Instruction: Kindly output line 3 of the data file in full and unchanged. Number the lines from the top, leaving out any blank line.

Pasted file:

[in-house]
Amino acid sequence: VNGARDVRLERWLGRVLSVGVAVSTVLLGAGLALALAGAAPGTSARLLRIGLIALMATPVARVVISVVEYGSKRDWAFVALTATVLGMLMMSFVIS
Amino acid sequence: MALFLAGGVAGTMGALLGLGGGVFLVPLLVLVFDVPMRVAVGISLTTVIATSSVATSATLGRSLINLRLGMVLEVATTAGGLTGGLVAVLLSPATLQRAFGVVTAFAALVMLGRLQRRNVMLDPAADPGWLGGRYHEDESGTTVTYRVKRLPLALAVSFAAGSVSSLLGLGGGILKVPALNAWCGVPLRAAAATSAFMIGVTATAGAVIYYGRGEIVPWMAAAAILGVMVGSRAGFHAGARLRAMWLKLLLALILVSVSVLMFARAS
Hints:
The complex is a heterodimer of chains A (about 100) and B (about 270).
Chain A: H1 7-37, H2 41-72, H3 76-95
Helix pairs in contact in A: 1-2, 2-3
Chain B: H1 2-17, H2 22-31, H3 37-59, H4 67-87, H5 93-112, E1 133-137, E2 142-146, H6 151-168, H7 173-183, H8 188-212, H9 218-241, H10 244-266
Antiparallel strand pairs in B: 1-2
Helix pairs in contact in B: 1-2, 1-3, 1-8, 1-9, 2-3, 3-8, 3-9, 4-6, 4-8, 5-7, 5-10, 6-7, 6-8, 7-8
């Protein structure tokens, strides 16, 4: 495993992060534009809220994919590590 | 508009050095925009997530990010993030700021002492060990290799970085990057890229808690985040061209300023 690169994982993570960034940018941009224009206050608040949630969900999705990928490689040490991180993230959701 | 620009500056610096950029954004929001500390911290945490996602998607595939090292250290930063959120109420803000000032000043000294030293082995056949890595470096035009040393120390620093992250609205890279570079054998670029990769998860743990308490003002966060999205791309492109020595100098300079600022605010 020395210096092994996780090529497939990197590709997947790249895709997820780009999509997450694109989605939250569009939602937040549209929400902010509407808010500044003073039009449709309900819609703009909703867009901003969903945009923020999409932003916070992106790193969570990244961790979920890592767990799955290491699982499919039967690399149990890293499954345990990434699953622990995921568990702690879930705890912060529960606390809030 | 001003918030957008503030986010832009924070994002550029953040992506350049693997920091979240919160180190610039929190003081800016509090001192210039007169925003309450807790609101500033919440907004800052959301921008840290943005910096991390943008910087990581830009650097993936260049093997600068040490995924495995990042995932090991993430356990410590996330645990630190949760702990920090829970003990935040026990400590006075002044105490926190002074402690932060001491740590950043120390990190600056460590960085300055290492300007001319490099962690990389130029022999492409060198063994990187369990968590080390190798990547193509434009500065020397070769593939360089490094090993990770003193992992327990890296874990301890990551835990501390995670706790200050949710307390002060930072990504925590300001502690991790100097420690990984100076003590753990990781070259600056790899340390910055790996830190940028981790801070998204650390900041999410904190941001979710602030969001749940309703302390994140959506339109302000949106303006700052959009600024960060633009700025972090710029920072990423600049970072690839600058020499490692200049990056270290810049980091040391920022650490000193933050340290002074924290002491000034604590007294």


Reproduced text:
Amino acid sequence: MALFLAGGVAGTMGALLGLGGGVFLVPLLVLVFDVPMRVAVGISLTTVIATSSVATSATLGRSLINLRLGMVLEVATTAGGLTGGLVAVLLSPATLQRAFGVVTAFAALVMLGRLQRRNVMLDPAADPGWLGGRYHEDESGTTVTYRVKRLPLALAVSFAAGSVSSLLGLGGGILKVPALNAWCGVPLRAAAATSAFMIGVTATAGAVIYYGRGEIVPWMAAAAILGVMVGSRAGFHAGARLRAMWLKLLLALILVSVSVLMFARAS